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The jury in the James J. “Whitey” Bulger racketeering case deliberated for about seven hours today, without reaching verdicts in the closely watched trial of the South Boston gangster and FBI informant who is accused of participating in 19 murders.

James J. "Whitey" Bulger, FBI mug shot taken 12/2/1955 at Miami Beach Police Dept. (A 23117) Federal Bureau of Investigation U.S. Department of Justice Field Division FBI# 169486 Name" James J. Bulger, Jr. Aliases: Soney, Whitey Residence: 41 Logan Way, So Boston, Mass. Age: Height 5" 10" Weight: 150 lbs Build: Slender, Muscular. Hair: Blond Eyes: Blue Color: White Complexion: Light Born: Sept. 3, 1929 Sex: Male Scars & Marks: Side of left eye whiteyglobebook /// 12book
James J. "Whitey" Bulger in a 1955 mug shot (File Photo)

The jury of four women and eight men appeared briefly in US District Court Judge Denise J. Casper’s courtroom around 4:30 p.m. and were told to resume their deliberations Friday morning. Since getting the case on Tuesday, jurors have deliberated for more than 20 hours.

“We’re going to recess for the day. Please keep all my cautionary statements in mind,” Casper told jurors. She reminded them not to talk to anybody about the case and not to watch or read any media coverage.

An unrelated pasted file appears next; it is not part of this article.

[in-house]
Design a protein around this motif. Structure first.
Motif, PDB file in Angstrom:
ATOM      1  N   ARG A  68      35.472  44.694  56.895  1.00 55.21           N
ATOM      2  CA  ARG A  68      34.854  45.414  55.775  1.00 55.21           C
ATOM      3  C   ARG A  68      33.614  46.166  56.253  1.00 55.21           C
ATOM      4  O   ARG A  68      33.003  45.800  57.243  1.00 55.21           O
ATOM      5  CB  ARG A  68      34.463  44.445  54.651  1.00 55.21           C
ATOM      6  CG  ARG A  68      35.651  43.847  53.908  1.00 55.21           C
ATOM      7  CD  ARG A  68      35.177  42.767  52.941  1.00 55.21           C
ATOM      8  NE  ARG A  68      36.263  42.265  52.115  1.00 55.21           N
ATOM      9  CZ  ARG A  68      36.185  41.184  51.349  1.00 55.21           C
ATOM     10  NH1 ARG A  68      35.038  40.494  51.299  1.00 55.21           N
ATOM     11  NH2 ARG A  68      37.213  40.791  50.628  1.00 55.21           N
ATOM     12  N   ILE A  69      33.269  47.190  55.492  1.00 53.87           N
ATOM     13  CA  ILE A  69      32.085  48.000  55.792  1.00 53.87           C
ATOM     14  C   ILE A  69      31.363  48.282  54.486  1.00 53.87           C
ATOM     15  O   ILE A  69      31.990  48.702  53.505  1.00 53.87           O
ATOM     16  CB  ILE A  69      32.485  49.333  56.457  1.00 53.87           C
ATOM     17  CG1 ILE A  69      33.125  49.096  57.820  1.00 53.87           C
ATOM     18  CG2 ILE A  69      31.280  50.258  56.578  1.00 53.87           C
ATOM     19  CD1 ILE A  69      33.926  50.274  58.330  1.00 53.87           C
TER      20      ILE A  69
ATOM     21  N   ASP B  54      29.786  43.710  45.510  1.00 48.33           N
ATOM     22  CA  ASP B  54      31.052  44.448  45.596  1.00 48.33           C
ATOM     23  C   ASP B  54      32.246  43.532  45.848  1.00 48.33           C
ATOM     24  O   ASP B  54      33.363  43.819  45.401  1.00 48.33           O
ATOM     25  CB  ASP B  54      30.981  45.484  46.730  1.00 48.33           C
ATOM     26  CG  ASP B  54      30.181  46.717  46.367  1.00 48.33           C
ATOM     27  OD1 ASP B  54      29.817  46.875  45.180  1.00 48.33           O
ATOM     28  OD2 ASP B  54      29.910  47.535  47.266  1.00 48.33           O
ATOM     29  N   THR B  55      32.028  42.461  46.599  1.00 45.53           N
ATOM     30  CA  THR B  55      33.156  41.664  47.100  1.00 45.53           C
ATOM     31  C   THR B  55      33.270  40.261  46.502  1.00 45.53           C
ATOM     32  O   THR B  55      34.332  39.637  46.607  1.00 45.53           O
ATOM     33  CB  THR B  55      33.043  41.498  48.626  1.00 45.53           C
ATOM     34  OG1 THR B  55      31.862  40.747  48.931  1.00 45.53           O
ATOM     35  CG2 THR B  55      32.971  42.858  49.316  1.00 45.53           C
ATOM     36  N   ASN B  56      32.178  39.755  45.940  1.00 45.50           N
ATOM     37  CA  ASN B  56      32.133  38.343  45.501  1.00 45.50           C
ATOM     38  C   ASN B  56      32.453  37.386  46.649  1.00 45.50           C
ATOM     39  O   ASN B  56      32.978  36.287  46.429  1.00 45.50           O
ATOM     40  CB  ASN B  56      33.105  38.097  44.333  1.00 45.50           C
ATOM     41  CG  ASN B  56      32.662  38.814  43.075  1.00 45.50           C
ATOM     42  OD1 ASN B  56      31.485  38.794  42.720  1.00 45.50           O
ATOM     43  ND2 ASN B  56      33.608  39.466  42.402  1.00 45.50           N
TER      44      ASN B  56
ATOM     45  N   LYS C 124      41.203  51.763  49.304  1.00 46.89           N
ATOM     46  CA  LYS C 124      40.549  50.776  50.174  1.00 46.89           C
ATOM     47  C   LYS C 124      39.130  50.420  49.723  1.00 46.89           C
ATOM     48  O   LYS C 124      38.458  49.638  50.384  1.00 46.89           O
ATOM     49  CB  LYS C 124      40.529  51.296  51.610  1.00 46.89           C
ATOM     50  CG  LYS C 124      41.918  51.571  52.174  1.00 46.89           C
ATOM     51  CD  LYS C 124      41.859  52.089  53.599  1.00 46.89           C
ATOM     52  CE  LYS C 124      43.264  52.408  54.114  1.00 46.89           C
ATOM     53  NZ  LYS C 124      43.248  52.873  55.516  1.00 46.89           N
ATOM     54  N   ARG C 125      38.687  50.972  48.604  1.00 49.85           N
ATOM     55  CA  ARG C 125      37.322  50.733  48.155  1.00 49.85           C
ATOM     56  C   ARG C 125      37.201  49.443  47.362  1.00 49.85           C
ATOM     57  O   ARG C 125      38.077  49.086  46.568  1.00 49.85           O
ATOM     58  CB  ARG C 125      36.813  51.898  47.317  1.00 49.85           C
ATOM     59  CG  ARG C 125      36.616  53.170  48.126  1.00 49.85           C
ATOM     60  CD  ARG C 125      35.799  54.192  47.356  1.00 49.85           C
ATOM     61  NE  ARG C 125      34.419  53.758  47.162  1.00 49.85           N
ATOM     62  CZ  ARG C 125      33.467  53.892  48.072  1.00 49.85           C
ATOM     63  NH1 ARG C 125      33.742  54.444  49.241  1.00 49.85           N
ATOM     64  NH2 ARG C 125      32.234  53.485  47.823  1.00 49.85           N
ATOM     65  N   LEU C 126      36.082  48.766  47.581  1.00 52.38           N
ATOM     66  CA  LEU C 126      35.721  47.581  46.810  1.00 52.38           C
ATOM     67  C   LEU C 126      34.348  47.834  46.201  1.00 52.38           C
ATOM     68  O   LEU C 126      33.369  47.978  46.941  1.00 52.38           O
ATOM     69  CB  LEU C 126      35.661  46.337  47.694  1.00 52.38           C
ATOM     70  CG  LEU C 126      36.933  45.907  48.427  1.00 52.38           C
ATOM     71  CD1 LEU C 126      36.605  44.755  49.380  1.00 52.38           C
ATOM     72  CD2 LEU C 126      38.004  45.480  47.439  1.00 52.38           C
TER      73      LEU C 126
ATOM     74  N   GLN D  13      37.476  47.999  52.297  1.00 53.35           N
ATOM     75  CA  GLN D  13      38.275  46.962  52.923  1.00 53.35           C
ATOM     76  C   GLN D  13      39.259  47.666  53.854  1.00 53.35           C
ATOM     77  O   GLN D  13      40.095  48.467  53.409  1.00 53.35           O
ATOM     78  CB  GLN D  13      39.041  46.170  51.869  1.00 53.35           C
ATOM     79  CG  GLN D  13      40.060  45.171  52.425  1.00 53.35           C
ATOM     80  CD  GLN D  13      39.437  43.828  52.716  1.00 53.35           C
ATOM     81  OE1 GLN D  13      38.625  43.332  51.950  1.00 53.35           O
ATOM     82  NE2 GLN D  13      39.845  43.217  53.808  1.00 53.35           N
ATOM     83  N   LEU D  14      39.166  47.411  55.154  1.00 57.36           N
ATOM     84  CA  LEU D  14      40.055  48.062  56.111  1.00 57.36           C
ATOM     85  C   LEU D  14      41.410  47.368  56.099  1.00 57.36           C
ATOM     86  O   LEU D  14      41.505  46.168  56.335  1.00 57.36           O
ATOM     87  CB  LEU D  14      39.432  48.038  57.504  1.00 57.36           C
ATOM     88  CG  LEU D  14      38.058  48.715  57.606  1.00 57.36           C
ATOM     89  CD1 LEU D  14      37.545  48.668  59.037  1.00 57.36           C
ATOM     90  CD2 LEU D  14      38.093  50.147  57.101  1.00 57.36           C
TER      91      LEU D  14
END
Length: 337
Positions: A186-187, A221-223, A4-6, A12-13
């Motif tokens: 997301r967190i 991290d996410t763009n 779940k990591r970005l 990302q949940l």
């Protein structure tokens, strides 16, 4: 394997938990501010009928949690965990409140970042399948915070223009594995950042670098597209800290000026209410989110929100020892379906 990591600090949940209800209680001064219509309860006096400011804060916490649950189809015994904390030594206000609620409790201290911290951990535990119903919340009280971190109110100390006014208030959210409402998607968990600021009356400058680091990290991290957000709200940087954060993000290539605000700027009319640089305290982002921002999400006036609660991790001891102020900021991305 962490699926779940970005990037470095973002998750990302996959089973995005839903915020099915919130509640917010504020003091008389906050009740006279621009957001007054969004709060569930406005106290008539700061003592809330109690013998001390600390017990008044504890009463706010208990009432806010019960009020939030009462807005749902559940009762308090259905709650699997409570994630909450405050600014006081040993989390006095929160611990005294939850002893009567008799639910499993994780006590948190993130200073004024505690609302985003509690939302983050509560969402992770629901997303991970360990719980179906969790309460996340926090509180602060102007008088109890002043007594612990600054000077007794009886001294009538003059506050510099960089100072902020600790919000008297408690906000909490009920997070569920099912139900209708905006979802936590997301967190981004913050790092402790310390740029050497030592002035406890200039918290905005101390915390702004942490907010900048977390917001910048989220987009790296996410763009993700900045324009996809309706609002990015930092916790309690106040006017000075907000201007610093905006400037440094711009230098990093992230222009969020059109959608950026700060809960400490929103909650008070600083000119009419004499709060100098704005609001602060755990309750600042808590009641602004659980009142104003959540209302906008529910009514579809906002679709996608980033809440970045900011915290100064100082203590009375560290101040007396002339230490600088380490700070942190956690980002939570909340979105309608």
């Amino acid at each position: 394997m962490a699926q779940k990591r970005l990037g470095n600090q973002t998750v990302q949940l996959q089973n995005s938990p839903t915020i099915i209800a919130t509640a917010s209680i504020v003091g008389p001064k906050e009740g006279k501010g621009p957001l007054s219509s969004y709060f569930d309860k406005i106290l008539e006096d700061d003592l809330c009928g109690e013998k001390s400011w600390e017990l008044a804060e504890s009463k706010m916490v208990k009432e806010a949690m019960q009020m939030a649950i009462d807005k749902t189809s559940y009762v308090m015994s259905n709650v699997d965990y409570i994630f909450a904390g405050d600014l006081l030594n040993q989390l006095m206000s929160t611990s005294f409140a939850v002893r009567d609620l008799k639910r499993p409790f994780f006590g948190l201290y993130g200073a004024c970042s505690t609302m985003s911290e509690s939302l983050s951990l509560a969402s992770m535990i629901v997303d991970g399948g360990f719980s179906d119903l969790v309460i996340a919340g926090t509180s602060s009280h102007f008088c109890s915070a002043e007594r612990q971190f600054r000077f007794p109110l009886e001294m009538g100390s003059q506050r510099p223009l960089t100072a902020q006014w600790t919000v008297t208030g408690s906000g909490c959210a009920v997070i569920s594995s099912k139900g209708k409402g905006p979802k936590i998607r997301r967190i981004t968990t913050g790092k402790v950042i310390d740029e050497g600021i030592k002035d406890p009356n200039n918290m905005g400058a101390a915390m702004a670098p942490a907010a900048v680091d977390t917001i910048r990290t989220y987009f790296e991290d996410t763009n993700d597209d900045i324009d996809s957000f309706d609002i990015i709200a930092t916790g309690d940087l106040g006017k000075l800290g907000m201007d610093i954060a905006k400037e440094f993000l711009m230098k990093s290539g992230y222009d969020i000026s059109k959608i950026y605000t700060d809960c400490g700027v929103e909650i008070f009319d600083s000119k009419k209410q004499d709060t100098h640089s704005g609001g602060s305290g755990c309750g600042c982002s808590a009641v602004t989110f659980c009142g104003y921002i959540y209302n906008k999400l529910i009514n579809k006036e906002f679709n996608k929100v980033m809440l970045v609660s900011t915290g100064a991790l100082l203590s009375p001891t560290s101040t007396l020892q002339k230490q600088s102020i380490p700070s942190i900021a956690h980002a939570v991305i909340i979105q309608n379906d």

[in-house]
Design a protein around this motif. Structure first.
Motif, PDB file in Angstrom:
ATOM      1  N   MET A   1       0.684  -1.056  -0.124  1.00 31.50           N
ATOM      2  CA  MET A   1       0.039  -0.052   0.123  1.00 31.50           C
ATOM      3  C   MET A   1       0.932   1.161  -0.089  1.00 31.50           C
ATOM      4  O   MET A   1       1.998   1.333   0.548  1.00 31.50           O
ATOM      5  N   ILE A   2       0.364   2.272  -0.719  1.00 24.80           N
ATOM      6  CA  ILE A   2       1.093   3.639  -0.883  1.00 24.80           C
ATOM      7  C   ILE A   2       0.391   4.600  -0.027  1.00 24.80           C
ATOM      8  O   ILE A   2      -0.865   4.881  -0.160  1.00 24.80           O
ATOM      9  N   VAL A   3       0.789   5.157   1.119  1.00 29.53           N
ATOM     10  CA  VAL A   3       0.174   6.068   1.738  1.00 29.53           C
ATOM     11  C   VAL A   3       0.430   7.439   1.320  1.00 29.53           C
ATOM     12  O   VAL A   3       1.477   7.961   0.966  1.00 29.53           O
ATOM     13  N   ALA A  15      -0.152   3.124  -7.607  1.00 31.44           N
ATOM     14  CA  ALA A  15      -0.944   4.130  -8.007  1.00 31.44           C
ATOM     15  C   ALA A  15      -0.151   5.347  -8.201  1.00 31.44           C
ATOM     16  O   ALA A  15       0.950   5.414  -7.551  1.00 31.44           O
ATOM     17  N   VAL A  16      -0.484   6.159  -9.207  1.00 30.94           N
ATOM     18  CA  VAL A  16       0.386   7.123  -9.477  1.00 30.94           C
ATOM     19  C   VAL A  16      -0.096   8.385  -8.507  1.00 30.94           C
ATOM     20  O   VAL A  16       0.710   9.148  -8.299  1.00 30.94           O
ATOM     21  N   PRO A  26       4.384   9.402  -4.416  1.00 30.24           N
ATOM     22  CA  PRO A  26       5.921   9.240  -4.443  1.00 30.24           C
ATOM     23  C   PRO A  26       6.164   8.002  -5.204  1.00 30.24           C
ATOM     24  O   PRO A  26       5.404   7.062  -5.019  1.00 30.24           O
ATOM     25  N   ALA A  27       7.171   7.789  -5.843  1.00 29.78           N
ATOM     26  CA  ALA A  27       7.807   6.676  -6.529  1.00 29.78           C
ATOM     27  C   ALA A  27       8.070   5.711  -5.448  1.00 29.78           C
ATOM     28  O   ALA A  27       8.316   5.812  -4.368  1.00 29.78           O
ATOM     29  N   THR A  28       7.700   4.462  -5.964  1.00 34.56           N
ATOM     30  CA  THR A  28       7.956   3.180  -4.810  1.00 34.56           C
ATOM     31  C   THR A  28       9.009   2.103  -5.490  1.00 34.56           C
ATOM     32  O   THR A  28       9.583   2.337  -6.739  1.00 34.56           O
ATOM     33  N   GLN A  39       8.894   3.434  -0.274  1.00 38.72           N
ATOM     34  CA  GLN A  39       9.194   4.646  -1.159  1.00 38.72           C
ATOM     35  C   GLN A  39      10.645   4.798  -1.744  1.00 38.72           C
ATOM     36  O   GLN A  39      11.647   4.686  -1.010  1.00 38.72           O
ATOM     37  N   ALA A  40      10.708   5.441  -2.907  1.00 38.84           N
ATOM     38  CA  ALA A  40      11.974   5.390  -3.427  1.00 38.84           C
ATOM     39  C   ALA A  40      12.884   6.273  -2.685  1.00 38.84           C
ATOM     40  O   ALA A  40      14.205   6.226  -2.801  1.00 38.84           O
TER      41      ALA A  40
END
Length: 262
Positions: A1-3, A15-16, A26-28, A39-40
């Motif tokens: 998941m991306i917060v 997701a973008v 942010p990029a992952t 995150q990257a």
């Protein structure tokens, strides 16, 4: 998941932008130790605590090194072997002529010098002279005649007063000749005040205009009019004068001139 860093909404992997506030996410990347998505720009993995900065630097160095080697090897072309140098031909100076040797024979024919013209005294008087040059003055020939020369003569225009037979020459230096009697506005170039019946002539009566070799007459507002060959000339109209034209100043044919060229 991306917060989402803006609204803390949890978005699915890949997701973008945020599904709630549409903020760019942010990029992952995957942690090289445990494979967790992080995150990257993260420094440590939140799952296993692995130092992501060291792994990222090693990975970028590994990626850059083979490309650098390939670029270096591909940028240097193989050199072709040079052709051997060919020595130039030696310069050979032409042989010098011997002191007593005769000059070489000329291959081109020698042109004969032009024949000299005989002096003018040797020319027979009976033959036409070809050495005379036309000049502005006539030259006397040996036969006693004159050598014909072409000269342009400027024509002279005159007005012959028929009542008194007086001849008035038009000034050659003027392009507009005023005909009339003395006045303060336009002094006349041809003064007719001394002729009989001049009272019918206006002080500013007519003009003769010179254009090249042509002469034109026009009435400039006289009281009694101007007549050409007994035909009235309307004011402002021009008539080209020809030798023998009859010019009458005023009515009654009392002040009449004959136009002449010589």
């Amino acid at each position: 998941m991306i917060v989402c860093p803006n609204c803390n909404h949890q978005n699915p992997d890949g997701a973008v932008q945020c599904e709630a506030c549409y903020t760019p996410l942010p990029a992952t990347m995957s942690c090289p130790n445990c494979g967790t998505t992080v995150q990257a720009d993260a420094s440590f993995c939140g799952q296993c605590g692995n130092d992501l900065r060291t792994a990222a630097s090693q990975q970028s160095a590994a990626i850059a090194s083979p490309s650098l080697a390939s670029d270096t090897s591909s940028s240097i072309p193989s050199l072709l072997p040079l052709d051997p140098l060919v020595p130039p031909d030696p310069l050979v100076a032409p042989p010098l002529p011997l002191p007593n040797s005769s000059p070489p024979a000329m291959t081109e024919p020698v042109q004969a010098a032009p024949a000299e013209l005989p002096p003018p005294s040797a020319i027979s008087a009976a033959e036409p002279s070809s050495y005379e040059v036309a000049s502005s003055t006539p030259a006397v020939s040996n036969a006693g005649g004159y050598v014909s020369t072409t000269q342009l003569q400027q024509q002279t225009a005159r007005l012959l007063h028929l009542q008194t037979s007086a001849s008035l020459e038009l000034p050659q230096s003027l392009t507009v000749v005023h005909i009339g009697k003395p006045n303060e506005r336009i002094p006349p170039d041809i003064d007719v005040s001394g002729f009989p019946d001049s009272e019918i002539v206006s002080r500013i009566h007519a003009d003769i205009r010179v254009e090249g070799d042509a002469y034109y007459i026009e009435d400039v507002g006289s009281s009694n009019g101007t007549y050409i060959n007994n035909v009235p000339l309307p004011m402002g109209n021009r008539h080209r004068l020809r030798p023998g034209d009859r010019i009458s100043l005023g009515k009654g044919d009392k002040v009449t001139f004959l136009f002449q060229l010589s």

Prodded by federal prosecutors, Casper earlier today told the jury that they should try to reach verdicts on all of the allegations in the racketeering charge that Bulger faces, including the 19 murders he allegedly participated in.

Bulger, 83, faces a sweeping 32-count indictment that alleges that he participated in a criminal enterprise — initially the Winter Hill Gang and later a South Boston gang — from the 1970s to the 1990s and raked in millions from drug trafficking and extortion.

One of the counts, a federal racketeering charge, contains an array of 33 acts, including allegations that Bulger participated in the murders.

In her instructions today, Casper told jurors they must go through those 33 acts and try to reach a unanimous verdict of “proved” or “not proved” on each one. Casper had earlier told jurors that they only need to find that the government proved Bulger committed two of the acts within a 10-year period to convict him of the racketeering charge.

“You have a duty to attempt to reach agreement on each of the racketeering acts,’’ Casper said. “If you can do so conscientiously.”

Steve Davis, the brother of murder victim Debra Davis, said that without the direction from Casper, he feared the jury would skip over the allegation that Bulger killed his sister, and he would never see Bulger held responsible for the murder.

Casper told jurors Wednesday that they could pass on an act if they could not be unanimous, but prosecutors asked they at least try. She refined that instruction today.

Bulger has pleaded not guilty to all charges and is being held without bail.

Jurors began deliberating Tuesday after hearing 72 witnesses over 35 days of testimony. Bulger, who was captured in Santa Monica, Calif., in June 2011 after more than 16 years on the run, faces a life sentence if the jury finds he committed even one of the slayings.